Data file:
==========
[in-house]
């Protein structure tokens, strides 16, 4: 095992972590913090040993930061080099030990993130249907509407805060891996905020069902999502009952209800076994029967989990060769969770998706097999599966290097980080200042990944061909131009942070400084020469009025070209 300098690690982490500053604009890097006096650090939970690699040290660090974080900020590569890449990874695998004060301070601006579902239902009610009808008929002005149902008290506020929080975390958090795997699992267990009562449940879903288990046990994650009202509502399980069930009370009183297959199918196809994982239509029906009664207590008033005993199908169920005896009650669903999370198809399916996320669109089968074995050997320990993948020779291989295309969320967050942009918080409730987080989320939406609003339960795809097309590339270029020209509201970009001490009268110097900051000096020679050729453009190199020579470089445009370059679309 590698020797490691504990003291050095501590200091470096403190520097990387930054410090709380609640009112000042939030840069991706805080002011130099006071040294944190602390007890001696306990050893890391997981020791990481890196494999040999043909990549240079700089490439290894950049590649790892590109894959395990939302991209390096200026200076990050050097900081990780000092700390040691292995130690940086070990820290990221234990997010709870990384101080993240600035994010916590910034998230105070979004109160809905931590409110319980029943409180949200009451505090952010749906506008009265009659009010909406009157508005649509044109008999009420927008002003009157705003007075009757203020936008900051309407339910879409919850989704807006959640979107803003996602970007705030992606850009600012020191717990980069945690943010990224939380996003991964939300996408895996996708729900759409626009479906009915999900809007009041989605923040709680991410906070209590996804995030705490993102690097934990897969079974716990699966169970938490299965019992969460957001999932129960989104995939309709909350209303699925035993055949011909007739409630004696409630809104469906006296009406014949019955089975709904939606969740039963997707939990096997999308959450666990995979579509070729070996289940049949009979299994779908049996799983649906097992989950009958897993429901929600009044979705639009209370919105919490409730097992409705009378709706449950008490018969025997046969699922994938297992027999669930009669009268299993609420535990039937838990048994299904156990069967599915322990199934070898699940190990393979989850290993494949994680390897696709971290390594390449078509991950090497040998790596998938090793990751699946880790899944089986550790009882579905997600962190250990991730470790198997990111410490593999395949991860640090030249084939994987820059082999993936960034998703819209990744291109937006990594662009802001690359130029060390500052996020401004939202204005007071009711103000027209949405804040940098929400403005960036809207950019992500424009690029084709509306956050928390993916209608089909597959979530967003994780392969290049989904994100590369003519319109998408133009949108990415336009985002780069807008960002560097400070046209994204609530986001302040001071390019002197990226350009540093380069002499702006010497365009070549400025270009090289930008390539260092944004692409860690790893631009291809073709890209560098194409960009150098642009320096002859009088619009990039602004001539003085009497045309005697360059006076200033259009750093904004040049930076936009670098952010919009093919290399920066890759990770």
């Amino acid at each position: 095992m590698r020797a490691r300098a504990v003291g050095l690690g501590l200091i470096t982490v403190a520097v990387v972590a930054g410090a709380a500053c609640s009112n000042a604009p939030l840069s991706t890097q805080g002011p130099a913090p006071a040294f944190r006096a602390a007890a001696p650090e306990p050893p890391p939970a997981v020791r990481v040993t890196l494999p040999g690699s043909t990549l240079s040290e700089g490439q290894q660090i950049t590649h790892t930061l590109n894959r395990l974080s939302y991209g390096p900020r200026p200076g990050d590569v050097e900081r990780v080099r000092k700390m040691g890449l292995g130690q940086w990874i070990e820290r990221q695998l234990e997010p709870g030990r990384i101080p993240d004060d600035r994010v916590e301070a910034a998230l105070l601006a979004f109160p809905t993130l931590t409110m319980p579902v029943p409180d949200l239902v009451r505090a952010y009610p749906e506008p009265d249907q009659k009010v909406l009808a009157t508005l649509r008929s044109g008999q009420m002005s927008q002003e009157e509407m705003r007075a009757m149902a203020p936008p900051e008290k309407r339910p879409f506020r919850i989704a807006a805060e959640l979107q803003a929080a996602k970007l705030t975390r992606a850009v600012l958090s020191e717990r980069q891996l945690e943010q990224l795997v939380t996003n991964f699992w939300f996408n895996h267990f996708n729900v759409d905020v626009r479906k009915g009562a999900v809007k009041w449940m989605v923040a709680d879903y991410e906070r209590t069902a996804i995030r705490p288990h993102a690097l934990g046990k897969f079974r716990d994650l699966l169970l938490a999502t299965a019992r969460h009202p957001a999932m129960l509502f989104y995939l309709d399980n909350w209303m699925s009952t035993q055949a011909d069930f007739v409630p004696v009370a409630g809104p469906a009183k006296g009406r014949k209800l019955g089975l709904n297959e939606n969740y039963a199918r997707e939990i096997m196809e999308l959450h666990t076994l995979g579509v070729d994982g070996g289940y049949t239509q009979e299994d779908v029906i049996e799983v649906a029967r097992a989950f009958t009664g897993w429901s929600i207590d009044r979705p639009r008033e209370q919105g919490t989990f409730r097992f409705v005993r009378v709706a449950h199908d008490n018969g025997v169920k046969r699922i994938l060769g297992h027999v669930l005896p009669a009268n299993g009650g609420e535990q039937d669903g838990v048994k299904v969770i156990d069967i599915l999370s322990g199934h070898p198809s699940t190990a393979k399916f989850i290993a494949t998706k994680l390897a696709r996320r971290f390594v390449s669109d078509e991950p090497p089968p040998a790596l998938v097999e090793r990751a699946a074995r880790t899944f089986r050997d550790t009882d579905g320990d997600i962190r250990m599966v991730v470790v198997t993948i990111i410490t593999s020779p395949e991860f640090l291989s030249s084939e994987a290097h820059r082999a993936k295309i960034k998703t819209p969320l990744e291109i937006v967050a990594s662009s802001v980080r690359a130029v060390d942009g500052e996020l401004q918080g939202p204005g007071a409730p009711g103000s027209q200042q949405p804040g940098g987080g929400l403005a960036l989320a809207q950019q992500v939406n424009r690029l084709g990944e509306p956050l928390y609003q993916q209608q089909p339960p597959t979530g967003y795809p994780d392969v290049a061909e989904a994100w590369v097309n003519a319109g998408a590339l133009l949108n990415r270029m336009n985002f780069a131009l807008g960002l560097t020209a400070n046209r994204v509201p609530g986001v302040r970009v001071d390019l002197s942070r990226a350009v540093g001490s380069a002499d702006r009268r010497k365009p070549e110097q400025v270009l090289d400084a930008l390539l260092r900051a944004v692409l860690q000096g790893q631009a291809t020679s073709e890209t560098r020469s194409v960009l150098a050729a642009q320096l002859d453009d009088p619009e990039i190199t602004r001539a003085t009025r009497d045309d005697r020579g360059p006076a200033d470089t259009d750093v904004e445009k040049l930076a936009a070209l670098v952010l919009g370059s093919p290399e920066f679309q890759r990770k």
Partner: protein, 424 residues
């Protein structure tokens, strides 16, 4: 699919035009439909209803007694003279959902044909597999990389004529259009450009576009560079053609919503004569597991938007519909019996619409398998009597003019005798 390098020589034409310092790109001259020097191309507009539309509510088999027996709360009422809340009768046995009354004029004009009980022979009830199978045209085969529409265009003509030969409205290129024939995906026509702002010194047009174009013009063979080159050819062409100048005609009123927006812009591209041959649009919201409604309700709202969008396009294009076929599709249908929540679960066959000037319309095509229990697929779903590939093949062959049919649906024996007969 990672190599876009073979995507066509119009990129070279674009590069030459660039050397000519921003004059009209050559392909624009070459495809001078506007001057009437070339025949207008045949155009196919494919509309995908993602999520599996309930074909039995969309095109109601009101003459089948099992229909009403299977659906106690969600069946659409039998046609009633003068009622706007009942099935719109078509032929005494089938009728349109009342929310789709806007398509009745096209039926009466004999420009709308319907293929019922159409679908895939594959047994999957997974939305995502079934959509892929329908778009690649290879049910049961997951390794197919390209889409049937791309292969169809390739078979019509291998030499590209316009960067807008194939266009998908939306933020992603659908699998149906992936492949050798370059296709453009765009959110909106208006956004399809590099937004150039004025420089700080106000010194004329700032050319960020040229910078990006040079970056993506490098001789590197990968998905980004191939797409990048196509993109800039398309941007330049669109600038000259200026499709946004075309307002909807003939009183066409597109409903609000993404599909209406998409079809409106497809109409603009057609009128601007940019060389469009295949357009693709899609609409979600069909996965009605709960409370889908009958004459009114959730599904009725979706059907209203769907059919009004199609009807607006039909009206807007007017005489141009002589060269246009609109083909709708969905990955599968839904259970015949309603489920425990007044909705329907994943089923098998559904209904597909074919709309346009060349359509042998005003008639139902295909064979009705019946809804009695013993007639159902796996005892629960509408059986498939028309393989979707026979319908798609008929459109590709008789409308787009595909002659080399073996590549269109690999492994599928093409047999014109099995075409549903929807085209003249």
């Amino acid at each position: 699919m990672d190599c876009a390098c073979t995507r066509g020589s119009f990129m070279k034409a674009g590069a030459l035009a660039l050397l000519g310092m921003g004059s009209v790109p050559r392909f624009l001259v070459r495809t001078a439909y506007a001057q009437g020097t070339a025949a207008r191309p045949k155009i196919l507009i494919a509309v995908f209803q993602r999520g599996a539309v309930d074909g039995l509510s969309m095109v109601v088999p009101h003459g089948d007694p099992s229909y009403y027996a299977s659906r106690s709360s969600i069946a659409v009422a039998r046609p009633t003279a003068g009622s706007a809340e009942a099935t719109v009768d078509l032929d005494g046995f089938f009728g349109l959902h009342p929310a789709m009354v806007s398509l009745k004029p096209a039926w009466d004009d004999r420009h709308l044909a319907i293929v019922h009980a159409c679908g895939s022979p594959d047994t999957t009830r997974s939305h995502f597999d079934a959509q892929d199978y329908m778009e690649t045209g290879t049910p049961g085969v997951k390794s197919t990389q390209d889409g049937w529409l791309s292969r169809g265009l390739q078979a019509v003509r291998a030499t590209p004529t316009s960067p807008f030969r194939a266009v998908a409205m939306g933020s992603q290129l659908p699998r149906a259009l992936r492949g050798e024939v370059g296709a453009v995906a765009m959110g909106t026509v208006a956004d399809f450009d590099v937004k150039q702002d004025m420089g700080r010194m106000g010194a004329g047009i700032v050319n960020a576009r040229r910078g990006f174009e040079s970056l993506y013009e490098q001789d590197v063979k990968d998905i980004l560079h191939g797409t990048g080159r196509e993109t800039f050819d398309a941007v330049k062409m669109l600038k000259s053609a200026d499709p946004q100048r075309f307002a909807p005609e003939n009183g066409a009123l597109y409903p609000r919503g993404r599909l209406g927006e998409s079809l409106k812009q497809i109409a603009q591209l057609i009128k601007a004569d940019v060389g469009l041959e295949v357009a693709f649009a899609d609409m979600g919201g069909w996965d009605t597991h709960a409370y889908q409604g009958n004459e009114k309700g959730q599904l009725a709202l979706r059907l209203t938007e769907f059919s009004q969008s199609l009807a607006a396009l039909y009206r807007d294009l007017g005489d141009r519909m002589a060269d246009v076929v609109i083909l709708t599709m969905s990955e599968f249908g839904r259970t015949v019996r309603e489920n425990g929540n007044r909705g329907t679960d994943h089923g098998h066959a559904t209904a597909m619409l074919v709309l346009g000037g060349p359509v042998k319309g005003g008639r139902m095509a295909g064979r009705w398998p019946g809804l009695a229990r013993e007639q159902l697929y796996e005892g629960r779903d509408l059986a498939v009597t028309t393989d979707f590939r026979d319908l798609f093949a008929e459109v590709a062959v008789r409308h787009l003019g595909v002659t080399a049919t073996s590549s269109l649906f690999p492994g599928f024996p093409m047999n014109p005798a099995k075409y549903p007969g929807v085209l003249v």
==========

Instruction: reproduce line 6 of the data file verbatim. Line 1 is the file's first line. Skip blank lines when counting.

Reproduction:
């Amino acid at each position: 699919m990672d190599c876009a390098c073979t995507r066509g020589s119009f990129m070279k034409a674009g590069a030459l035009a660039l050397l000519g310092m921003g004059s009209v790109p050559r392909f624009l001259v070459r495809t001078a439909y506007a001057q009437g020097t070339a025949a207008r191309p045949k155009i196919l507009i494919a509309v995908f209803q993602r999520g599996a539309v309930d074909g039995l509510s969309m095109v109601v088999p009101h003459g089948d007694p099992s229909y009403y027996a299977s659906r106690s709360s969600i069946a659409v009422a039998r046609p009633t003279a003068g009622s706007a809340e009942a099935t719109v009768d078509l032929d005494g046995f089938f009728g349109l959902h009342p929310a789709m009354v806007s398509l009745k004029p096209a039926w009466d004009d004999r420009h709308l044909a319907i293929v019922h009980a159409c679908g895939s022979p594959d047994t999957t009830r997974s939305h995502f597999d079934a959509q892929d199978y329908m778009e690649t045209g290879t049910p049961g085969v997951k390794s197919t990389q390209d889409g049937w529409l791309s292969r169809g265009l390739q078979a019509v003509r291998a030499t590209p004529t316009s960067p807008f030969r194939a266009v998908a409205m939306g933020s992603q290129l659908p699998r149906a259009l992936r492949g050798e024939v370059g296709a453009v995906a765009m959110g909106t026509v208006a956004d399809f450009d590099v937004k150039q702002d004025m420089g700080r010194m106000g010194a004329g047009i700032v050319n960020a576009r040229r910078g990006f174009e040079s970056l993506y013009e490098q001789d590197v063979k990968d998905i980004l560079h191939g797409t990048g080159r196509e993109t800039f050819d398309a941007v330049k062409m669109l600038k000259s053609a200026d499709p946004q100048r075309f307002a909807p005609e003939n009183g066409a009123l597109y409903p609000r919503g993404r599909l209406g927006e998409s079809l409106k812009q497809i109409a603009q591209l057609i009128k601007a004569d940019v060389g469009l041959e295949v357009a693709f649009a899609d609409m979600g919201g069909w996965d009605t597991h709960a409370y889908q409604g009958n004459e009114k309700g959730q599904l009725a709202l979706r059907l209203t938007e769907f059919s009004q969008s199609l009807a607006a396009l039909y009206r807007d294009l007017g005489d141009r519909m002589a060269d246009v076929v609109i083909l709708t599709m969905s990955e599968f249908g839904r259970t015949v019996r309603e489920n425990g929540n007044r909705g329907t679960d994943h089923g098998h066959a559904t209904a597909m619409l074919v709309l346009g000037g060349p359509v042998k319309g005003g008639r139902m095509a295909g064979r009705w398998p019946g809804l009695a229990r013993e007639q159902l697929y796996e005892g629960r779903d509408l059986a498939v009597t028309t393989d979707f590939r026979d319908l798609f093949a008929e459109v590709a062959v008789r409308h787009l003019g595909v002659t080399a049919t073996s590549s269109l649906f690999p492994g599928f024996p093409m047999n014109p005798a099995k075409y549903p007969g929807v085209l003249v």